We can just follow the same process, and end up with this statement: “U is some set, together with a function g : U → A, where f ∘ g = g. Additionally, for any other set S and function k : S → A where f ∘ k = k, there is a unique function h : S → U so that g ∘ h = k.”
But what does that really mean? We can puzzle it out.
- f ∘ g = g means that f doesn’t change anything in the result of g. In other words, for any x in the result of g, we must have f(x) = x. There’s a word for values that are unchanged by a function: fixed points (or sometimes fixpoints, or stationary points). So g can only point to the fixed points of f.
- By the same logic, any choice of k can only point to the fixed points of f. But it’s possible to choose a k that points to any fixed point of A.
- That h exists, then, means that g must map some element of U to every fixed point of f. (If it didn’t, then k might map something to that fixed point, and it couldn’t be obtained by composing with g.)
- That h is unique means that g maps only one thing to each fixed point of f. (Otherwise, there would be a choice of where h should map some things, so h wouldn’t be unique.)
So U is in one-to-one correspondence with the fixed points of f, and g is that one-to-one correspondence. Essentially (up to isomorphism) the limit of this diagram is the fixed points of f.
Fixed points are a fundamental idea that pops up all over the place. I’ve written about their role in denotational semantics of programming languages before. So I find it delightful that they jump out of such a simple diagram. At the same time, though, it’s not surprising that they jump out of this diagram, which is the one that really expresses the essence of a discrete dynamical system: a set (the phase space), together with a function from that set to itself that defines a dynamics on that phase space.
Reversing course: colimits
One famous thing about category theory that everything has a dual, obtained by just reversing the directions of all the arrows. In this case, we can convert the definition of a limit into a different definition: the colimit. This looks just like the limit, but reverses the direction of the arrows.
As a warm-up, let’s consider the diagram with just two sets. Recall that the limit of this diagram was the cartesian product of those two sets. (More specifically, it was the cartesian product, along with the two projection functions that explained how to interpret each element as an ordered pair.)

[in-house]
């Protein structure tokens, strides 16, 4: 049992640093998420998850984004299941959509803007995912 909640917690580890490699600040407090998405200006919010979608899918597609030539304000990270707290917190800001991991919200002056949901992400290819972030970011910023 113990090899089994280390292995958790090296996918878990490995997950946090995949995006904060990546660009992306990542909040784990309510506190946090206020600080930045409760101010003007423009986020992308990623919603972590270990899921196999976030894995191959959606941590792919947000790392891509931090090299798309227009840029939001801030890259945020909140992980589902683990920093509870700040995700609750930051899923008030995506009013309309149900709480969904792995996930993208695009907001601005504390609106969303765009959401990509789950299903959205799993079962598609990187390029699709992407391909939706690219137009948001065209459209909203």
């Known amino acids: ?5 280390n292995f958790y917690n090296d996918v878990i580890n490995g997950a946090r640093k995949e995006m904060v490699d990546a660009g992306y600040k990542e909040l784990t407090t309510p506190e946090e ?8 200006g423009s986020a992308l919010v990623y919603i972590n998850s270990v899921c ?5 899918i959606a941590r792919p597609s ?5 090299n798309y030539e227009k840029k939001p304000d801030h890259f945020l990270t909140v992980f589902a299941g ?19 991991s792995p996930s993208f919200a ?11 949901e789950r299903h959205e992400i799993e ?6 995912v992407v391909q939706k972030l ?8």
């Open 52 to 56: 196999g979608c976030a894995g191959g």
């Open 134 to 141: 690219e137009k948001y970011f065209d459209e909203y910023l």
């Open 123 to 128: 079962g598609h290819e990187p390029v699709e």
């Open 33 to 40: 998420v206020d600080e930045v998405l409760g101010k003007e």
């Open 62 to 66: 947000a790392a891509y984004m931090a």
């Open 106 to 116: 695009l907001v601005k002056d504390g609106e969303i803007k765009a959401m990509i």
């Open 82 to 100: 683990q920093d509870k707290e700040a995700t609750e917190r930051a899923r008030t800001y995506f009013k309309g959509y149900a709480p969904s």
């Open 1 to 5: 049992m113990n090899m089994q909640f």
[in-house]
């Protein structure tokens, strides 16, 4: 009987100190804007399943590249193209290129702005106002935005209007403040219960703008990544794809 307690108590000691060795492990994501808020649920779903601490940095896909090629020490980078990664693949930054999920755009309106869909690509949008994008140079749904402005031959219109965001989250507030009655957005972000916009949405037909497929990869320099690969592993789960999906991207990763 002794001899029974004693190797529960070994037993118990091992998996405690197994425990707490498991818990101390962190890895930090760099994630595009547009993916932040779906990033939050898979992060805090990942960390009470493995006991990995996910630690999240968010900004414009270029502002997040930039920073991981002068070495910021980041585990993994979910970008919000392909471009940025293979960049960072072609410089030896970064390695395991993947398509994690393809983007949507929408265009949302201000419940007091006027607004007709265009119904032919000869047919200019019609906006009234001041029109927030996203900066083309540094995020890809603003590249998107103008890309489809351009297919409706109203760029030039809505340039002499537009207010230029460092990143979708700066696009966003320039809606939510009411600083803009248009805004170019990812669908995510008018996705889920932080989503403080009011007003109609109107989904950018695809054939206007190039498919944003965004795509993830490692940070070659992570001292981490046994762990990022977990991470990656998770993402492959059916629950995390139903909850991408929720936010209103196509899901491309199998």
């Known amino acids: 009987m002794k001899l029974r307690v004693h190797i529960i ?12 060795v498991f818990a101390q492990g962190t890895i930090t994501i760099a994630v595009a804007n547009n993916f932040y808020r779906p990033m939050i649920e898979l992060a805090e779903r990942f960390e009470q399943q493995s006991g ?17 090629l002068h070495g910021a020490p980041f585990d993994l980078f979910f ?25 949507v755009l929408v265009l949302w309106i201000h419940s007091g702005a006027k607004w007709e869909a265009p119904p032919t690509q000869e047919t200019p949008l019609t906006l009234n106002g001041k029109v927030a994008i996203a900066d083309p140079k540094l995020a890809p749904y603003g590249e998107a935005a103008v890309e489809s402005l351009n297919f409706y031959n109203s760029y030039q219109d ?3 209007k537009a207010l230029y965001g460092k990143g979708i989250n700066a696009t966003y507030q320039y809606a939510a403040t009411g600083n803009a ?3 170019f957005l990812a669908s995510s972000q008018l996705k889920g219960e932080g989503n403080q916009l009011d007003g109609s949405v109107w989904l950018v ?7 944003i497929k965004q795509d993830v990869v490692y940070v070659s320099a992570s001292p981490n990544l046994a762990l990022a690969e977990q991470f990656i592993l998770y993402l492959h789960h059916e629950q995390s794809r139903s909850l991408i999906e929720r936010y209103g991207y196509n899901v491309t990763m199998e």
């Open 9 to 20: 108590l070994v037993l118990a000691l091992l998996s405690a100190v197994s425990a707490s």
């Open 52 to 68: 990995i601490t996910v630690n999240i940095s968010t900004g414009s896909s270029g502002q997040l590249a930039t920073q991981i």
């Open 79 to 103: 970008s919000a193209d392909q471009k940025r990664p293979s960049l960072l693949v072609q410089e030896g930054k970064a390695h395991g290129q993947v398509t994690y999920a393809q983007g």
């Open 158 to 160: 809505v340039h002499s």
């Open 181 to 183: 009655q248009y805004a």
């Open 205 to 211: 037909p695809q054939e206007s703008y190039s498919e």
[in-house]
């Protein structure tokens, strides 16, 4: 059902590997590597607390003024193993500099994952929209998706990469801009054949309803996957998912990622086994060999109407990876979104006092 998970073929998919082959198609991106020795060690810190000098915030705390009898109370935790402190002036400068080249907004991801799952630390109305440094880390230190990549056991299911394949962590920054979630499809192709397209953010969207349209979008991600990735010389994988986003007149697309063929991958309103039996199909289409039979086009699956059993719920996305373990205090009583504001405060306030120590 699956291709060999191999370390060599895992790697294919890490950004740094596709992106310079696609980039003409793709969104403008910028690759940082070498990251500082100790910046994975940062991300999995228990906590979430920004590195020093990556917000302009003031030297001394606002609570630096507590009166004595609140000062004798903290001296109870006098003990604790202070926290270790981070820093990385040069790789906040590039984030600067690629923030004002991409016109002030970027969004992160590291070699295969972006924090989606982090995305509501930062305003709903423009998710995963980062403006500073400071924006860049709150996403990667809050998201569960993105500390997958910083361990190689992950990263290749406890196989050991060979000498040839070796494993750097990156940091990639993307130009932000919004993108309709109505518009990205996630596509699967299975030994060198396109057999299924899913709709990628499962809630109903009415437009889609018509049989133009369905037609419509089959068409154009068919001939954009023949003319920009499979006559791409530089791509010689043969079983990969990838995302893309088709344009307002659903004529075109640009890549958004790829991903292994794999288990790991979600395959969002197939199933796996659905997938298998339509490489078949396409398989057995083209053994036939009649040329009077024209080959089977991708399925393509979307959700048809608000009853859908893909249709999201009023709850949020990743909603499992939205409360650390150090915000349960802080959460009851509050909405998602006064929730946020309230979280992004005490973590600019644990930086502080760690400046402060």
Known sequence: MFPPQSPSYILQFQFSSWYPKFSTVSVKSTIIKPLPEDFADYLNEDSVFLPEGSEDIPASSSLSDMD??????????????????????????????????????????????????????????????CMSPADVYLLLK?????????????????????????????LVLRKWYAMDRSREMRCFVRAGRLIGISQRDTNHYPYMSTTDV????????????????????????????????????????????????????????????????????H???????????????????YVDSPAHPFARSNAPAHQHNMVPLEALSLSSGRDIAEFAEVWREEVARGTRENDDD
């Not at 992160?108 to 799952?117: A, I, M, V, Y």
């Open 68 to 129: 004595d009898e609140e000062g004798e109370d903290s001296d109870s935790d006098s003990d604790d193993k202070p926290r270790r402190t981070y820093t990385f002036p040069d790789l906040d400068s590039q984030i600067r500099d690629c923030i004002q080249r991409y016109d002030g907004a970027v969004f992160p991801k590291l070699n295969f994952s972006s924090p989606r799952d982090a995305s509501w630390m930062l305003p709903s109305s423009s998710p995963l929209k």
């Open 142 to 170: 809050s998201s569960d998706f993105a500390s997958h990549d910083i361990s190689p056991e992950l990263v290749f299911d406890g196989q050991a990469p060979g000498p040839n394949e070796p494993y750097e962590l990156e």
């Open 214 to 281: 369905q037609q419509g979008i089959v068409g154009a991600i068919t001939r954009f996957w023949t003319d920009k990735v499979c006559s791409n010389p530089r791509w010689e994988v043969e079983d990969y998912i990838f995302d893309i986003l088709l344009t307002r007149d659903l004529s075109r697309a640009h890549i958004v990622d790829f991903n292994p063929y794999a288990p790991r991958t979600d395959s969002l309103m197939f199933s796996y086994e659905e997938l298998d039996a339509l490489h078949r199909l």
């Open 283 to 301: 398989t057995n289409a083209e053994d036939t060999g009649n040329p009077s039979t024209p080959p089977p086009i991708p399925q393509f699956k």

The same diagram can be used with arrows reversed to find a colimit.
The formal definition is this: The colimit of the diagram is a set A + B, together with functions p : A → A + B and q : B → A + B, such that for every other set S and functions f : A → S and g : B → S, there is a unique function h : A + B → S so that f = h ∘ p and g = h ∘ q.
Let’s unpack what that means, now. First of all, everything in A maps to something in A + B, and likewise, everything in B maps to something in A + B. (We would usually call p and q injections now instead of projections.) But that’s not the whole picture, because we also have to look at h.
- The existence of h means that no two elements of A or B map to the same element of A + B. If they did, then we could find an f and g that map them somewhere different, and then we couldn’t write that f and g as compositions with h.
- The uniqueness of h means that there’s nothing else in A + B except these elements that are mapped from A and B. If there were, then there would be a choice of where h maps those extra elements.
If you’re familiar with basic ideas about sets, you might want to say that A + B is the union of A and B. But that’s not quite right, because if A and B have elements in common, A + B still needs to contain an element for each one (because f and g could map that same value to different elements of some S.) So it’s actually called the disjoint union. It’s a set that contains a copy of everything in A and everything in B, keeping two copies if A and B have elements in common.
In some sense, both the limit and the colimit of this diagram are about combining the elements of A and B, but they just combine them in different ways: the limit with a cartesian product that describes ways to choose one element from each, and the colimit with the disjoint union that describes ways to choose one elements from either one. In general, even though it was this time, the limit isn’t necessarily different from the colimit. For example, diagram with just one set has the same limit and colimit: both of them are just a set and a one-to-one correspondence between that set and the original set.
Colimits and dynamical systems
Let’s return to the earlier diagram of a dynamical system:
It’s now natural to ask what the colimit would be for this diagram. So let’s work that out with this picture.
Here’s what the definition of the colimit works out to this time: A colimit of this diagram is a set U together with a function k : A → U for which k = k ∘ f. Furthermore, for any other set S and function g : A → S where g = g ∘ f, there is a unique function h : U → S such that g = h ∘ k.
Let’s break down the meaning one piece at a time.